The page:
In the times we’re living in, I’m constantly amazed at how organisations can afford to waste money on doomed projects.
Let’s take Washington state’s License Application Mitigation Project (LAMP) as a cast study. In 1990 they tried to automate the state’s vehicle registration and license renewal processes. Initially budgeted at $16 million, the project cost climbed to $41.8m in 1992, $51m in 1993 and was last estimated (March 1997) at 67.5m of which $40m had been spent without result. LAMP was turned off in 1997, after legislators calculated that the project ultimately would cost $4.2million more annually to run than the state’s $800,000 per year incumbent system.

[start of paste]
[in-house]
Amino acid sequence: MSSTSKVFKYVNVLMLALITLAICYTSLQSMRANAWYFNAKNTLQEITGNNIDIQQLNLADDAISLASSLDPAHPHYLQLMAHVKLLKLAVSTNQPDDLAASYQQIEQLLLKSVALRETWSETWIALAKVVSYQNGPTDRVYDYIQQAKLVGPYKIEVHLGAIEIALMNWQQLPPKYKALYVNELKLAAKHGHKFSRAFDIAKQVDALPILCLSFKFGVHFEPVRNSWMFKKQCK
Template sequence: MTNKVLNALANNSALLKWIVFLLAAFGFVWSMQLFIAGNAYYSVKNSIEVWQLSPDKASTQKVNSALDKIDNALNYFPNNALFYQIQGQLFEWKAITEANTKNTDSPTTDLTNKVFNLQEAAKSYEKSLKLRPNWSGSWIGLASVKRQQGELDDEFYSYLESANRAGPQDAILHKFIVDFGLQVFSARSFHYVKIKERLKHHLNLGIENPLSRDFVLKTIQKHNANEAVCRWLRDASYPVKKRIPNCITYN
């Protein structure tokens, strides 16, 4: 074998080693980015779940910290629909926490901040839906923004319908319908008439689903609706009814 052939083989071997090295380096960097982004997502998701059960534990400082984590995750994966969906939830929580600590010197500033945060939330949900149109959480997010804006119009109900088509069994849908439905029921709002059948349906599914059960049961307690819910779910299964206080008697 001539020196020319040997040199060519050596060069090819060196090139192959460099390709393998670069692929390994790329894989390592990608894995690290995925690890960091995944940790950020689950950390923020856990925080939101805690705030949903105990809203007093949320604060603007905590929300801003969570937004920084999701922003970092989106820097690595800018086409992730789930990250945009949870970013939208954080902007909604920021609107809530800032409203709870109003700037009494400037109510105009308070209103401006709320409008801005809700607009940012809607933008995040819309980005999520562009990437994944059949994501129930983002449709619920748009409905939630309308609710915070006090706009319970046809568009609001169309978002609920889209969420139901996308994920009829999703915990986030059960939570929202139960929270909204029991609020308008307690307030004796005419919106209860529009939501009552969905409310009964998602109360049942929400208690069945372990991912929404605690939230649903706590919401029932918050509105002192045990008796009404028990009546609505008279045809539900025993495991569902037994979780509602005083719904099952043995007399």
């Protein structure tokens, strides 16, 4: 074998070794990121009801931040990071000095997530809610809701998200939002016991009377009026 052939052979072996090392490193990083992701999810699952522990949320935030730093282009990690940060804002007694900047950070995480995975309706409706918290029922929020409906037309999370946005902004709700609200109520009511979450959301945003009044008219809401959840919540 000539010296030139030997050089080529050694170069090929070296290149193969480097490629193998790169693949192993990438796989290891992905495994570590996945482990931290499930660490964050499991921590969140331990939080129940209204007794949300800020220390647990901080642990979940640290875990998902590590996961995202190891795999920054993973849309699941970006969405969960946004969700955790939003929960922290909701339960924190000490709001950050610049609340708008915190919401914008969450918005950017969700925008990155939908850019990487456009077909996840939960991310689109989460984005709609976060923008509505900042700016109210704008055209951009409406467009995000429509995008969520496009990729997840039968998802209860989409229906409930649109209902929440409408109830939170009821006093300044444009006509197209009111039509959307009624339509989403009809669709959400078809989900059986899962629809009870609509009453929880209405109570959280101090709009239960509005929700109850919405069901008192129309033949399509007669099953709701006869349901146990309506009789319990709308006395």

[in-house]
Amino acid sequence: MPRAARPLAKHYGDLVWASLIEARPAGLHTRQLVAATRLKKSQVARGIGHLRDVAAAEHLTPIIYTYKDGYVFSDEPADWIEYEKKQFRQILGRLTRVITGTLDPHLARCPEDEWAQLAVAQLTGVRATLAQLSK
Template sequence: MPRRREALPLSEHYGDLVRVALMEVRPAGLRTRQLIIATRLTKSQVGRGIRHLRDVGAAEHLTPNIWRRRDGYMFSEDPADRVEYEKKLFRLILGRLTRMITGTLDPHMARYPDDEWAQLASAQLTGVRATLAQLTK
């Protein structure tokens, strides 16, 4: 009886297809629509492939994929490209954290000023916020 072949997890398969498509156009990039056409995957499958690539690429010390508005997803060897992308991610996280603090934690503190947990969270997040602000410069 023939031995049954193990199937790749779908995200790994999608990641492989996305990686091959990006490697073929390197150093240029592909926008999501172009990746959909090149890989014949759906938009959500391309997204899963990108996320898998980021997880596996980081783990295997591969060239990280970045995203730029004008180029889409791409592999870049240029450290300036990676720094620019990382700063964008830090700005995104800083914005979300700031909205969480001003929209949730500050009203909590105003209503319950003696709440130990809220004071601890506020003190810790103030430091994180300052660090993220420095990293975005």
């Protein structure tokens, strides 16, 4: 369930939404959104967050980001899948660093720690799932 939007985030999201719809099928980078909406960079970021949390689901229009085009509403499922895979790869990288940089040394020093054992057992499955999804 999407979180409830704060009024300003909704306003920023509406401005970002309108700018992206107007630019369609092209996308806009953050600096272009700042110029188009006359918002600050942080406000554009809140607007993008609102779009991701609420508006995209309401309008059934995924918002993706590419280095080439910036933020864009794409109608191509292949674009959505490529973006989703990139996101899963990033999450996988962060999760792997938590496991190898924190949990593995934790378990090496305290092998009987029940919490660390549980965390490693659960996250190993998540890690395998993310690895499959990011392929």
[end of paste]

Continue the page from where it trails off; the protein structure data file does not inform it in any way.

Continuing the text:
While this may have took place over 15 years ago, Organisations are still not getting the message.
• 57% of companies experience at least one project failure per year
• Only 2% of companies achieve targeted goals all the time
• 71% of companies do not consistently practice timely and accurate reporting on projects
• 1 out of every 2 projects exceeds its budget by 200%
• Of organizations rating themselves as having a mature Project Office, only 11% reported a failed project in the past year
Thankfully it’s not all doom and gloom. I found case studies of companies successfully managing projects. It shows the challenges these organisations faced, and how they successfully overcame their obstacles to become better at managing all of their projects and ensuring project success. This E-book is free and can be downloaded here.
So which case study would your company fall into? Have you any horror stories or indeed success stories of your own? What are the key differences between project success and failure?